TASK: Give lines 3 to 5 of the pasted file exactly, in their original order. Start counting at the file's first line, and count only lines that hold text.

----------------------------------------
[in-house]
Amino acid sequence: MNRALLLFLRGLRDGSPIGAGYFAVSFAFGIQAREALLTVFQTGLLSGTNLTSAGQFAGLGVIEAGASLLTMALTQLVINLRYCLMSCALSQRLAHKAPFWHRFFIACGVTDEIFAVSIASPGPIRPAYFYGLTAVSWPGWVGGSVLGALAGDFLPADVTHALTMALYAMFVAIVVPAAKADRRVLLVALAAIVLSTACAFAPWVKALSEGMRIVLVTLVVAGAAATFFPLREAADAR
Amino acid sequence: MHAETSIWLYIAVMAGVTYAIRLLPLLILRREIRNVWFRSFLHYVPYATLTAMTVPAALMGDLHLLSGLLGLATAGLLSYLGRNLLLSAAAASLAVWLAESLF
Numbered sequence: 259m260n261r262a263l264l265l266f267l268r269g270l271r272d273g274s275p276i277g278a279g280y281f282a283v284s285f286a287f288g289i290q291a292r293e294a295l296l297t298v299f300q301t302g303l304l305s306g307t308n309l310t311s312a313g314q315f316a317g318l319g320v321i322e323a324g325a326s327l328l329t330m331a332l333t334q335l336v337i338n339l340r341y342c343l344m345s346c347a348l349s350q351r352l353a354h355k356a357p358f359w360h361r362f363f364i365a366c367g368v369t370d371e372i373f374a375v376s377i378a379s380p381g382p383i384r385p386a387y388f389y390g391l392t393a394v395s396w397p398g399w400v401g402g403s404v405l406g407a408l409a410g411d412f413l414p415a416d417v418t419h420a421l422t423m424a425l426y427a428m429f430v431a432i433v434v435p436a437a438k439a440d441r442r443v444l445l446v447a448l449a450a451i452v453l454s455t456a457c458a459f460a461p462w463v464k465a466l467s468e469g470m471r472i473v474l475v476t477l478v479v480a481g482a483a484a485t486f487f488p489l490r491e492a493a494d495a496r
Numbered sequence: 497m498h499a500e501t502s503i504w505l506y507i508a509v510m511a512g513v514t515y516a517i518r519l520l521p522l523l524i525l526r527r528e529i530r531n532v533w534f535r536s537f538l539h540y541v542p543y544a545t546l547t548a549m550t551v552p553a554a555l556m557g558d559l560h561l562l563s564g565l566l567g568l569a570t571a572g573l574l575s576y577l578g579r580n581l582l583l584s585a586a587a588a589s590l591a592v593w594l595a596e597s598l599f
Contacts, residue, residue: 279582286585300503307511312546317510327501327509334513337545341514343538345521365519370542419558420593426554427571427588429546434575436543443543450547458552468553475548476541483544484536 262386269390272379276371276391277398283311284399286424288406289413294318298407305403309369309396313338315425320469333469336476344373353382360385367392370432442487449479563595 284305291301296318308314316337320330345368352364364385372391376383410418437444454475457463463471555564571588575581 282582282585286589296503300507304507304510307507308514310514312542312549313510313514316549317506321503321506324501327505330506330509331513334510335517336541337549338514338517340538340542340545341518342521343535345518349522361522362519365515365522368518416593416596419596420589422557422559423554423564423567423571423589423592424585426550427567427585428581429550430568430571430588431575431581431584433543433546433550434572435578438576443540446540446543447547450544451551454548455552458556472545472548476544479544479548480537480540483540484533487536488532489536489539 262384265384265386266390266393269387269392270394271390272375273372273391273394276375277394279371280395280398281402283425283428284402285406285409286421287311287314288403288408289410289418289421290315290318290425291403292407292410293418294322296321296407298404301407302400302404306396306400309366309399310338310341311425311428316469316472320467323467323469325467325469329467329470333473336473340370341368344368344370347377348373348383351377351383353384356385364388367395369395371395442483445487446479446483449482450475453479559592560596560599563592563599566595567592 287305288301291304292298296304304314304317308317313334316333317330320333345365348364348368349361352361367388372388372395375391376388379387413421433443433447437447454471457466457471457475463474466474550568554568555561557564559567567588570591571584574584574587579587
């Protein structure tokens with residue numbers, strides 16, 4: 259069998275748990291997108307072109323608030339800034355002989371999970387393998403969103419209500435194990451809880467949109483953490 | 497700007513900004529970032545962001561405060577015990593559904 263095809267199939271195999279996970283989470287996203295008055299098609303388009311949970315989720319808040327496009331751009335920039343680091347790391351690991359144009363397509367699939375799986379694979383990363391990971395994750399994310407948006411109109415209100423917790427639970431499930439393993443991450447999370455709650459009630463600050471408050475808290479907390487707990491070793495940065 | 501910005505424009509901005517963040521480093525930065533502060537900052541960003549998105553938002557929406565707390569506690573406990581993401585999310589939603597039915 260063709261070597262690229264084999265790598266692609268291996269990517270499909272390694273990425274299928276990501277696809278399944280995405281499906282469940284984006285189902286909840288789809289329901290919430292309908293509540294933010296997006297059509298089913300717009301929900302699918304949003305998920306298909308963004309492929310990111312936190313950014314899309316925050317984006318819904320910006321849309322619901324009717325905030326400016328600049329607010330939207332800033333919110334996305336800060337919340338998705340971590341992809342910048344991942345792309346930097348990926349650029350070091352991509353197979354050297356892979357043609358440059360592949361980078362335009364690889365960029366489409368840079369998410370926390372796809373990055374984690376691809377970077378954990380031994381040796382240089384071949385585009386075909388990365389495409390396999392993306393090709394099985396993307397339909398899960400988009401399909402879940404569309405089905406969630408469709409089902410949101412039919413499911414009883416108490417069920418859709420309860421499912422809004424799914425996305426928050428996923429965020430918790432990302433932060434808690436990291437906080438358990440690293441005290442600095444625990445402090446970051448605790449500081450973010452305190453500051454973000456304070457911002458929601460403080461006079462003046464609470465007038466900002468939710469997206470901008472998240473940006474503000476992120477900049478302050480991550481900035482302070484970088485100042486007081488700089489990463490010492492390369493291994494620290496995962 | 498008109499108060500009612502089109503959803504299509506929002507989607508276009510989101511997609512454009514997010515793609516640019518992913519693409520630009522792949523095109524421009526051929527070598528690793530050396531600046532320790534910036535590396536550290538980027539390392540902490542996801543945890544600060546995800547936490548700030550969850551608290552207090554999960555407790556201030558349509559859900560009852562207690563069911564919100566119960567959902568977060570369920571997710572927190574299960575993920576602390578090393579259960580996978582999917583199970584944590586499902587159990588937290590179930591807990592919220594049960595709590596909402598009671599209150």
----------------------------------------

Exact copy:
Amino acid sequence: MHAETSIWLYIAVMAGVTYAIRLLPLLILRREIRNVWFRSFLHYVPYATLTAMTVPAALMGDLHLLSGLLGLATAGLLSYLGRNLLLSAAAASLAVWLAESLF
Numbered sequence: 259m260n261r262a263l264l265l266f267l268r269g270l271r272d273g274s275p276i277g278a279g280y281f282a283v284s285f286a287f288g289i290q291a292r293e294a295l296l297t298v299f300q301t302g303l304l305s306g307t308n309l310t311s312a313g314q315f316a317g318l319g320v321i322e323a324g325a326s327l328l329t330m331a332l333t334q335l336v337i338n339l340r341y342c343l344m345s346c347a348l349s350q351r352l353a354h355k356a357p358f359w360h361r362f363f364i365a366c367g368v369t370d371e372i373f374a375v376s377i378a379s380p381g382p383i384r385p386a387y388f389y390g391l392t393a394v395s396w397p398g399w400v401g402g403s404v405l406g407a408l409a410g411d412f413l414p415a416d417v418t419h420a421l422t423m424a425l426y427a428m429f430v431a432i433v434v435p436a437a438k439a440d441r442r443v444l445l446v447a448l449a450a451i452v453l454s455t456a457c458a459f460a461p462w463v464k465a466l467s468e469g470m471r472i473v474l475v476t477l478v479v480a481g482a483a484a485t486f487f488p489l490r491e492a493a494d495a496r
Numbered sequence: 497m498h499a500e501t502s503i504w505l506y507i508a509v510m511a512g513v514t515y516a517i518r519l520l521p522l523l524i525l526r527r528e529i530r531n532v533w534f535r536s537f538l539h540y541v542p543y544a545t546l547t548a549m550t551v552p553a554a555l556m557g558d559l560h561l562l563s564g565l566l567g568l569a570t571a572g573l574l575s576y577l578g579r580n581l582l583l584s585a586a587a588a589s590l591a592v593w594l595a596e597s598l599f